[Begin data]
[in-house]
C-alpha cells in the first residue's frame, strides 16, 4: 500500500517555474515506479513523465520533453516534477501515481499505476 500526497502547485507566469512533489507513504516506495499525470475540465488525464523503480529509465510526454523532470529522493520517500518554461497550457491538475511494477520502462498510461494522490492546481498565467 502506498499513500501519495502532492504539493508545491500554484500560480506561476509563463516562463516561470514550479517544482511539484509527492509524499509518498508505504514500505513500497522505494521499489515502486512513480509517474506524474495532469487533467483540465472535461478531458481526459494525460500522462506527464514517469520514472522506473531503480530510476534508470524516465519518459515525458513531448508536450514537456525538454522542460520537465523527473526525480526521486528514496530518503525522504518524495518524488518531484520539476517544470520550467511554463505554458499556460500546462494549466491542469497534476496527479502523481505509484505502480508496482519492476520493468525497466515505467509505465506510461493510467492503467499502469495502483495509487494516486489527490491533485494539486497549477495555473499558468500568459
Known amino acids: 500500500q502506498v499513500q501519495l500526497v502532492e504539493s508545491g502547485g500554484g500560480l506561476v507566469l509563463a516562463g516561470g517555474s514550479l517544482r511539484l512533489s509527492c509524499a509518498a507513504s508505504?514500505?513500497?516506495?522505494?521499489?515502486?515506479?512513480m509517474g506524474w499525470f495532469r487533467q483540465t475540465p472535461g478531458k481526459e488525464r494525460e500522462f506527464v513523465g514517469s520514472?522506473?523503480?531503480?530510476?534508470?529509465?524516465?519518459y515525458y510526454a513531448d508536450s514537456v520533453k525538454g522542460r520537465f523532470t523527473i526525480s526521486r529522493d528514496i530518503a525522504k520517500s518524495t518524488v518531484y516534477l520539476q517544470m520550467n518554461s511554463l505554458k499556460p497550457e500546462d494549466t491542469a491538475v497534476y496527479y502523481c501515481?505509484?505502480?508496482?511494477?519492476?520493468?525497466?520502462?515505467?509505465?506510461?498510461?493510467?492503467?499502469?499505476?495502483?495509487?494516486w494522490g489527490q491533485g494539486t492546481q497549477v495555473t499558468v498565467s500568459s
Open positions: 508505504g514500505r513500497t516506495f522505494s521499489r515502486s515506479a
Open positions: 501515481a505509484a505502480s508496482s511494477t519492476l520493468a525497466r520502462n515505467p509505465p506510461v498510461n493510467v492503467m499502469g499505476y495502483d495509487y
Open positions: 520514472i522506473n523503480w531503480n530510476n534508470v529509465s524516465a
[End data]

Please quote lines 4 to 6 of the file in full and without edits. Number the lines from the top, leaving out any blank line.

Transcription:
Open positions: 508505504g514500505r513500497t516506495f522505494s521499489r515502486s515506479a
Open positions: 501515481a505509484a505502480s508496482s511494477t519492476l520493468a525497466r520502462n515505467p509505465p506510461v498510461n493510467v492503467m499502469g499505476y495502483d495509487y
Open positions: 520514472i522506473n523503480w531503480n530510476n534508470v529509465s524516465a